Operating systems have always been controversial. Nobody wants to have to depend on a product that is continuously sold defective, such as iOS or Android, with no support available for the release paid for. They are the modern equivalent of a digital gambling machine you'd find at a casino, with the money taker and security systems to match. A modern controversy in design, as I mentioned, is that mobile system graphics are abstract, weird, devoid of definition, or overbranded and maliciously colored. The companies that provide the hardware-software-interlock ($) are happy just piling on with awful design choices and mis-trained employees, hidden behind a double-dare bootloader that's just waiting for you to be smacked or demoralized if you want to compute your own way.

The operating system is the politicized weapon that companies used in previous eras, including this era, to deny the user access to the best resolution of the user's complaint that the user wants to run a program. Computers used to run programs at boot when possible. But when someone wanted to add a large disk system to the personal computer, a decision was made to make a 'program-reprogramming program', so your program got what it wanted one development cycle later on the terms of the dominant program from the other program company.

Today, past the years of simplicity in design, layers of cruft and wrecked or forced dependencies have been built up in legacy code made modern, straining to keep up under all the bad decisions and political fat of a 'not-invented-here, however..' partitioning system that always guarantees that another money pit will end up on your filesystem if you upgrade your software in this expensive inflation-bound 'government-supports-the-computer-so-go-away' economy.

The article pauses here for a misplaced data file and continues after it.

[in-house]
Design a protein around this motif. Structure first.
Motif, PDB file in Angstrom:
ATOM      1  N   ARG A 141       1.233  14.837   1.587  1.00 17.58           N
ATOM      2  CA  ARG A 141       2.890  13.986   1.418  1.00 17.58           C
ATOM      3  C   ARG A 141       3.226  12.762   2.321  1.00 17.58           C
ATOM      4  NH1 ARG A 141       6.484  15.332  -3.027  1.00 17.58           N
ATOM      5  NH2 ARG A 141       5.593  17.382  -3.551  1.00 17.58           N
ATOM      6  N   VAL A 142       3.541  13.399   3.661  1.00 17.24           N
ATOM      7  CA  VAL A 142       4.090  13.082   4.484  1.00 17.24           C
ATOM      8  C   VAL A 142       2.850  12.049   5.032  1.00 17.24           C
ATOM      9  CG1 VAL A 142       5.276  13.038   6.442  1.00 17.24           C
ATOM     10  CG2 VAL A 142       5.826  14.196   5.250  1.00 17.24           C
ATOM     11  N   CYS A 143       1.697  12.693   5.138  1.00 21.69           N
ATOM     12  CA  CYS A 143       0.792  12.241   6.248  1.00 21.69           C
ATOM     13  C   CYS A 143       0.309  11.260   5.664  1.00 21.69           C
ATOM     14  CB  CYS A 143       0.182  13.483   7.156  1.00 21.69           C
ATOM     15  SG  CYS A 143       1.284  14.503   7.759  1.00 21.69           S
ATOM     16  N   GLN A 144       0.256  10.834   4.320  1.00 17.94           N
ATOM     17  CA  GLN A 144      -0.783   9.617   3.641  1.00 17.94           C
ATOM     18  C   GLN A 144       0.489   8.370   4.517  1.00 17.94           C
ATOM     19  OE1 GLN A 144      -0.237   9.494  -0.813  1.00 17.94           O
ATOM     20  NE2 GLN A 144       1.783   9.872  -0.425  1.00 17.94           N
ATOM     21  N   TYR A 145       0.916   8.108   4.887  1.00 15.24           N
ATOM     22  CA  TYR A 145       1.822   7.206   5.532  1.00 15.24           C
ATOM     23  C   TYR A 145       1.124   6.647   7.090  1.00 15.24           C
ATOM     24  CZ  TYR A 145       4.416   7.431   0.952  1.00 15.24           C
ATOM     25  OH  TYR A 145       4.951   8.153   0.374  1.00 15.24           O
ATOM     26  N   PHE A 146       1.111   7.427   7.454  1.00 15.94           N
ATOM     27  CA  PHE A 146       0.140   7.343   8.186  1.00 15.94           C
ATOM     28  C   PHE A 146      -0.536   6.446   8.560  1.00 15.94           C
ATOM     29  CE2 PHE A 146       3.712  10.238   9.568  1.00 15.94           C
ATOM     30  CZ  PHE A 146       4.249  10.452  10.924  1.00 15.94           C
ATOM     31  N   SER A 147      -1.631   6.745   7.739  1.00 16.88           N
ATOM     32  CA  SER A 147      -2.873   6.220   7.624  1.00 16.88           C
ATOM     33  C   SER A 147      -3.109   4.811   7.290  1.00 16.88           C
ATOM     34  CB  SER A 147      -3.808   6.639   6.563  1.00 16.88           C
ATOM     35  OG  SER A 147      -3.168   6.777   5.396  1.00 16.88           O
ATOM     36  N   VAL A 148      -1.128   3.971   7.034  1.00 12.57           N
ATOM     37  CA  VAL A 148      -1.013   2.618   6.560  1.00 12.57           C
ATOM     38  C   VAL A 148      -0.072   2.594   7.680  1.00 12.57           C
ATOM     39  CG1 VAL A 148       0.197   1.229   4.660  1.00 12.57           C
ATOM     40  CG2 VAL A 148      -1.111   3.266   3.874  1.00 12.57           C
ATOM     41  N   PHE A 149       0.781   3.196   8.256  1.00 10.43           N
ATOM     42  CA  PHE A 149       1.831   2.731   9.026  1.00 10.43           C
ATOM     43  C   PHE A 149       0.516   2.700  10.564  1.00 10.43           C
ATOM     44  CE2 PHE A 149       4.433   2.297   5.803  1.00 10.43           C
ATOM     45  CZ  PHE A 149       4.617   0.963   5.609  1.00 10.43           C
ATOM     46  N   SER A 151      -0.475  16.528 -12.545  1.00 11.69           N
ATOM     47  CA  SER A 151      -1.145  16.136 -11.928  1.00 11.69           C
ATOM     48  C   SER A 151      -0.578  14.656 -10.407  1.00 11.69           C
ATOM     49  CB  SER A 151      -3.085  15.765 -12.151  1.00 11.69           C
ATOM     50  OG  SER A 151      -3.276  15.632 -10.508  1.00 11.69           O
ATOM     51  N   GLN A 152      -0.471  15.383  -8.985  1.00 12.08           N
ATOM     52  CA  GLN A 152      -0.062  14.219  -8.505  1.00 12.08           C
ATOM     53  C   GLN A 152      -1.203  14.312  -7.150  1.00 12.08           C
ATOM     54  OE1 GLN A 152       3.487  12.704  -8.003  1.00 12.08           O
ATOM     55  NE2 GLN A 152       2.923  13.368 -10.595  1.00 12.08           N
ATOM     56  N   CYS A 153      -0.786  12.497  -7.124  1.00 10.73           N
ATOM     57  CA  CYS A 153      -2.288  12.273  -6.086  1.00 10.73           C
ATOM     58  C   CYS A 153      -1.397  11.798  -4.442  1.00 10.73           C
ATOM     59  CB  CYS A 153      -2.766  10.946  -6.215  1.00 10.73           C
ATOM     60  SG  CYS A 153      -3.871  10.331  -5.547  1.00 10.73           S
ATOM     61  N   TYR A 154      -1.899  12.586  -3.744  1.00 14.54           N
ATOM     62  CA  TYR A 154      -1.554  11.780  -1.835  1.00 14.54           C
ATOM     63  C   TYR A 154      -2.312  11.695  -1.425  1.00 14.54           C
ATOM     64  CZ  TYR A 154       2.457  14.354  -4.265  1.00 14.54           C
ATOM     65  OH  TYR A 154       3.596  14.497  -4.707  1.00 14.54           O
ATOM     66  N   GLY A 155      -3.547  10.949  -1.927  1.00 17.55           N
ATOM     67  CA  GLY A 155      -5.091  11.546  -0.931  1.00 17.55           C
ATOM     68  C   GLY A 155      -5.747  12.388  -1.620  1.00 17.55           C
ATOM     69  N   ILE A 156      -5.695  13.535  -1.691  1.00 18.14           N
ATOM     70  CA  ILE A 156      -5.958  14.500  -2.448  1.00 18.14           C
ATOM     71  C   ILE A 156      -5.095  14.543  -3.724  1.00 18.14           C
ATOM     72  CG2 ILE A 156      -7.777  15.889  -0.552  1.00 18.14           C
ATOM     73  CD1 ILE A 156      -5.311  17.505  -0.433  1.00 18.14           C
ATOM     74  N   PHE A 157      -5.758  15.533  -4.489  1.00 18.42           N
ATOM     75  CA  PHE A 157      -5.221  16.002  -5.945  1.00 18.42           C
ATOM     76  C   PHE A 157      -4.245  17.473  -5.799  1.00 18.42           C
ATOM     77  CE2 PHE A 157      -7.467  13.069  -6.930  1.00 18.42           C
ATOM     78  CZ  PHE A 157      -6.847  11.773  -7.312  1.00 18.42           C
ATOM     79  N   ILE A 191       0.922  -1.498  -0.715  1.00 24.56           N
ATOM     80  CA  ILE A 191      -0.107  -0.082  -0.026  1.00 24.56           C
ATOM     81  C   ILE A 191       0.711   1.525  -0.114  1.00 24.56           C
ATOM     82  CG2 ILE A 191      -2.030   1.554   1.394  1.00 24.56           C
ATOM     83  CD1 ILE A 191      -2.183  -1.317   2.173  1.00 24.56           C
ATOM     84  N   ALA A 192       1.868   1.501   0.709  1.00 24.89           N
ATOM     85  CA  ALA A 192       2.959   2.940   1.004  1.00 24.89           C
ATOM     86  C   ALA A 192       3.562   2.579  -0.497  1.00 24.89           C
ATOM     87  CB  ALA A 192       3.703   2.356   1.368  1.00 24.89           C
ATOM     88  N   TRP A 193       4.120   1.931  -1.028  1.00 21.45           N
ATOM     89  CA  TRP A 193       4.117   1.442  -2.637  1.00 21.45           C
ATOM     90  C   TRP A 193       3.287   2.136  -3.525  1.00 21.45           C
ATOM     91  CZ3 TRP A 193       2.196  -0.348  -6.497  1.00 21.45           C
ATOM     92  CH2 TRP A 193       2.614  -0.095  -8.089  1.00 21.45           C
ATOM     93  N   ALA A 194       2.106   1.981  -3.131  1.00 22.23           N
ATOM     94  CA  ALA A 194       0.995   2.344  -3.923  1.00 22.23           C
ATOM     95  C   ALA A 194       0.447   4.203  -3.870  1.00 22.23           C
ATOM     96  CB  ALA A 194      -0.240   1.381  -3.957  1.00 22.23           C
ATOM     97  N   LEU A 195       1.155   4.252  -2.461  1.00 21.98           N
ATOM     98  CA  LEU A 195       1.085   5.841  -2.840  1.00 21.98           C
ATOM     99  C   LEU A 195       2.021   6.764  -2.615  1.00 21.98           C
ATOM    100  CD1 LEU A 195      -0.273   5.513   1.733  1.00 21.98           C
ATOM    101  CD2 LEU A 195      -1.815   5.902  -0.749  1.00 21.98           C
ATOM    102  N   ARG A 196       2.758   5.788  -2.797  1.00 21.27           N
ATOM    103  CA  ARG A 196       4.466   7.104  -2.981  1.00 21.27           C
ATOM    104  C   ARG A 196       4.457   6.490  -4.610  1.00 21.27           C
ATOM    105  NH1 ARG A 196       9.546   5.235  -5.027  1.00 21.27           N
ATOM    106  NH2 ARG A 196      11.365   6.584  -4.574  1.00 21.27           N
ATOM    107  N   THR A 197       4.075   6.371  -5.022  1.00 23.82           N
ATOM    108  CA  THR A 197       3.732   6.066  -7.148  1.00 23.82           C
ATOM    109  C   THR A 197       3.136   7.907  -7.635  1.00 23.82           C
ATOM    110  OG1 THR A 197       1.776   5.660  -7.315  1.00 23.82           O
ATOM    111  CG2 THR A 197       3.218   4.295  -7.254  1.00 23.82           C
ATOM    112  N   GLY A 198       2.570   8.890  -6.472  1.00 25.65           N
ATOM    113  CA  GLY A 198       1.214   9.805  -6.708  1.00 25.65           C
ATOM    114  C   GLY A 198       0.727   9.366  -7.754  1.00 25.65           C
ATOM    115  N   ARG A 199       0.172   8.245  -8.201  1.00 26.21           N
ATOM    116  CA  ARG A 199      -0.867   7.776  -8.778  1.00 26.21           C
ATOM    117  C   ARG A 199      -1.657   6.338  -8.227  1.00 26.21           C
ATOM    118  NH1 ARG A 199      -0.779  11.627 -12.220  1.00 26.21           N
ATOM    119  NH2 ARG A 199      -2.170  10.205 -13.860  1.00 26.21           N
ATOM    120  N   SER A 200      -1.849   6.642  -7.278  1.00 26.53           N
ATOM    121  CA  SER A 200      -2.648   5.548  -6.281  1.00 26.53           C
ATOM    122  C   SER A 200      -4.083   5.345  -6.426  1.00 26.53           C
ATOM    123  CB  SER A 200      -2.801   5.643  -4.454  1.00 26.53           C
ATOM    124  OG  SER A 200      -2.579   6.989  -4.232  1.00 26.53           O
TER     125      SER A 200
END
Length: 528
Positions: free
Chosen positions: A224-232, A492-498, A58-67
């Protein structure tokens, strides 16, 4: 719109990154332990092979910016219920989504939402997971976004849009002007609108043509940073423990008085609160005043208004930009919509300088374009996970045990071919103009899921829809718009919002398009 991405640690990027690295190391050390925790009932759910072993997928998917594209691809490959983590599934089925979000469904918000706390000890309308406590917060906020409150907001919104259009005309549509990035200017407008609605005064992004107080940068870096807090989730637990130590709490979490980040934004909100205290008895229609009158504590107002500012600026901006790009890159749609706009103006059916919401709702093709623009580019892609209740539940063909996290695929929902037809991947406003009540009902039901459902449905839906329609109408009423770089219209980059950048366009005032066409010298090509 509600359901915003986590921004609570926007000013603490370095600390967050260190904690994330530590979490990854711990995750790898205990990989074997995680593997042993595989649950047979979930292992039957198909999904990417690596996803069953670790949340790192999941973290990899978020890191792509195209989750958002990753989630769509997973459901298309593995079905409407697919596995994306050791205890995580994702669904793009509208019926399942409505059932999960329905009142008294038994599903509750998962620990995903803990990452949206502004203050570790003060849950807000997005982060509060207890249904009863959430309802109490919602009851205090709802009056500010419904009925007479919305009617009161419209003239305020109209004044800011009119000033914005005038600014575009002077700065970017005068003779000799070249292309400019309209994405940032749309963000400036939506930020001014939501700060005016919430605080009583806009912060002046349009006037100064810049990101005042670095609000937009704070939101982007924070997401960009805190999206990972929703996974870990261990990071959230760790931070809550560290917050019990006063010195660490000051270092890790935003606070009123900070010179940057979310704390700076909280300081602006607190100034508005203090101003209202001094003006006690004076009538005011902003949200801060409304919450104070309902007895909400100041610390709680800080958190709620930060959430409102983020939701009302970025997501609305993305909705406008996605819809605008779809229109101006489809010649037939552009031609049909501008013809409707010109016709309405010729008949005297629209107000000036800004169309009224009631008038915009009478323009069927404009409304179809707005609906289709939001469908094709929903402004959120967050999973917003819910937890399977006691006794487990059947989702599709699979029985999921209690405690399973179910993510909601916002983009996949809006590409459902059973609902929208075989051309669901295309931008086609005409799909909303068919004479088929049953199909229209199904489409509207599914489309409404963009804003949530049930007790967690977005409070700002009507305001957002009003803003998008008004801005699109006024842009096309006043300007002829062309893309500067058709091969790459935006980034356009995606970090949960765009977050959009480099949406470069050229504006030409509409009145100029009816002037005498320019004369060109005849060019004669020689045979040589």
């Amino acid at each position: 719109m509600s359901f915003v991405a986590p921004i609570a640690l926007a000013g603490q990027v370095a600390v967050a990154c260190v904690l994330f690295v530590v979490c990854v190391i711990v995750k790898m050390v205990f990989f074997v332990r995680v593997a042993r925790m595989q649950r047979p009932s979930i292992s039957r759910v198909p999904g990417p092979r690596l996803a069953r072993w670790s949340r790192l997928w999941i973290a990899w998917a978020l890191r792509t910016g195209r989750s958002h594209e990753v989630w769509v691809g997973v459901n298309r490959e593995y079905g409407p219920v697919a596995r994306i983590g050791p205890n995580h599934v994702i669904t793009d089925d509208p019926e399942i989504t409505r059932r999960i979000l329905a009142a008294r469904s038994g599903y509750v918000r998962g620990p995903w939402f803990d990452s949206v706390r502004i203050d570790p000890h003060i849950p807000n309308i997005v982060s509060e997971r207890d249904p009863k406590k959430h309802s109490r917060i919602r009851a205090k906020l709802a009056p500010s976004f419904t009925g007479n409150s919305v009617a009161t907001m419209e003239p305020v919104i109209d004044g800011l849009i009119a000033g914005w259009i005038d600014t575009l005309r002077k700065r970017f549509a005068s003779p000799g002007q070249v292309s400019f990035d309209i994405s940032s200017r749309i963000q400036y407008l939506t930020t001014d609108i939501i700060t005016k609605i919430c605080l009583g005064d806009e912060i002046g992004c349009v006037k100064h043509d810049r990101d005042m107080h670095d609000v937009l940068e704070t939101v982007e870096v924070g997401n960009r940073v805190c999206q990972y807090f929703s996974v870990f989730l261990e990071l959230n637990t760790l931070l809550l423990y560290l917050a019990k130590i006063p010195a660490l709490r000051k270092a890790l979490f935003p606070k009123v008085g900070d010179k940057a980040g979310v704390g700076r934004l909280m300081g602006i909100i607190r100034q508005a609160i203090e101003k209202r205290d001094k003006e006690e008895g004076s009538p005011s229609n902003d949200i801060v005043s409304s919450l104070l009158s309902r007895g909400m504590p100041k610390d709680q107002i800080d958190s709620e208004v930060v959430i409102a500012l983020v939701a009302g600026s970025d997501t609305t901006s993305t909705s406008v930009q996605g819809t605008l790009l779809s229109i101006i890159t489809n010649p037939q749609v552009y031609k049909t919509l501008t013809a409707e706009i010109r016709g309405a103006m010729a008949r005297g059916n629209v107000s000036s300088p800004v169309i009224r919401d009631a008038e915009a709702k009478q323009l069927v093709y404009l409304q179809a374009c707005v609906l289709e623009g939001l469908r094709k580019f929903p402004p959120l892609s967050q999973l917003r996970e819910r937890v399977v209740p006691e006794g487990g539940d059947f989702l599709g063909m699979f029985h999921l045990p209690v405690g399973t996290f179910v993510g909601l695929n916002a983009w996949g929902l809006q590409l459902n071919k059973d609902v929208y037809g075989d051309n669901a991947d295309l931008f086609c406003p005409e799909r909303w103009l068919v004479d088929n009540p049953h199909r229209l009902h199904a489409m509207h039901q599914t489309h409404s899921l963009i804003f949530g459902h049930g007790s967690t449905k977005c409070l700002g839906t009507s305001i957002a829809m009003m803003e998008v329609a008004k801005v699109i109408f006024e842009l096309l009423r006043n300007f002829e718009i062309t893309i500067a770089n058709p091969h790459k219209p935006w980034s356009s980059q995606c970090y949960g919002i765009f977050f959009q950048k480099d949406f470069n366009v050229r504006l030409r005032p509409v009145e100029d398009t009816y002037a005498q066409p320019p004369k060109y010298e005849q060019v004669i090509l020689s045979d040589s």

Within Microsoft, this used to be known as "DLL Hell", the 'just-keep-patching-over-it' mentality that you don't need good organization if you have good intentions and know where to aim. Mobile platforms have optimized the delivery method for the dependency files, but, sadly, mobile telephone data service providers are tight with some of the most offending mobile app developers to have gigabytes of worthless updates available on app stores that are built to assume that Wi-Fi is not only configured, but also speedy, free, unlocked, and unlimited. They are bound-determined to get users to spend that double data dollar.

Are you too restricted by mobile to be yourself? Some people use mobile devices as wheelchairs for the mind, because of disabilities or other reasons. It's my view, as I posted on the Twitter network, that the personal computer is going to again attempt to cost-reduce into the mobile form factor at least once in the next ten years, probably to finish off the Chromebook now that the iPad can't keep up with it, before Google Glass's competitors once again become the lead-up to the next earphone or headset of all peace. Again. Of course. 2011 all over again, of course.

Some day in the future, someone will have the entire history of the app store to sell you on a memory card, and it will probably work. You know it's probably going to be the other place after 'you-know-what' again happens in the 'numbers-versus-health' division of the current place, so maybe wait for true virtual machining support to arrive so the lottery phone companies of Apple and Google can stop needing to build hardware to support their software. It's happened every time before. (Camera will be out of the iPhone within 100 years.)

<machine name="iphone2g" sourcefile="apple/iphone2g.cpp">
	<description>iPhone (A1203)</description>
	<rom name="s5l8900-bootrom.bin" size="65536" crc="beb15cd1" sha1="079a3acab577eb52cc349ea811af3cbd5d01b8f5" region="bios" offset="0"/>
	<device_ref name="arm1176jzf_s"/>
	<device_ref name="vic_pl192"/>
	<device_ref name="iphone2g_spi"/>
	<device_ref name="iphone2g_spi"/>
	<device_ref name="iphone2g_spi"/>
	<device_ref name="iphone2g_timer"/>
	<device_ref name="vic_pl192"/>
	<device_ref name="screen"/>
	<chip type="cpu" tag="maincpu" name="ARM1176JZF-S" clock="412000000"/>
	<display tag="screen" type="raster" rotate="0" width="320" height="480" refresh="78.125000" pixclock="12000000" htotal="320" hbend="0" hbstart="320" vtotal="480" vbend="0" vbstart="480" />
	<sound channels="0"/>
	<input players="0">
	<driver status="preliminary" emulation="preliminary" savestate="unsupported"/>
	<feature type="sound" status="unemulated"/>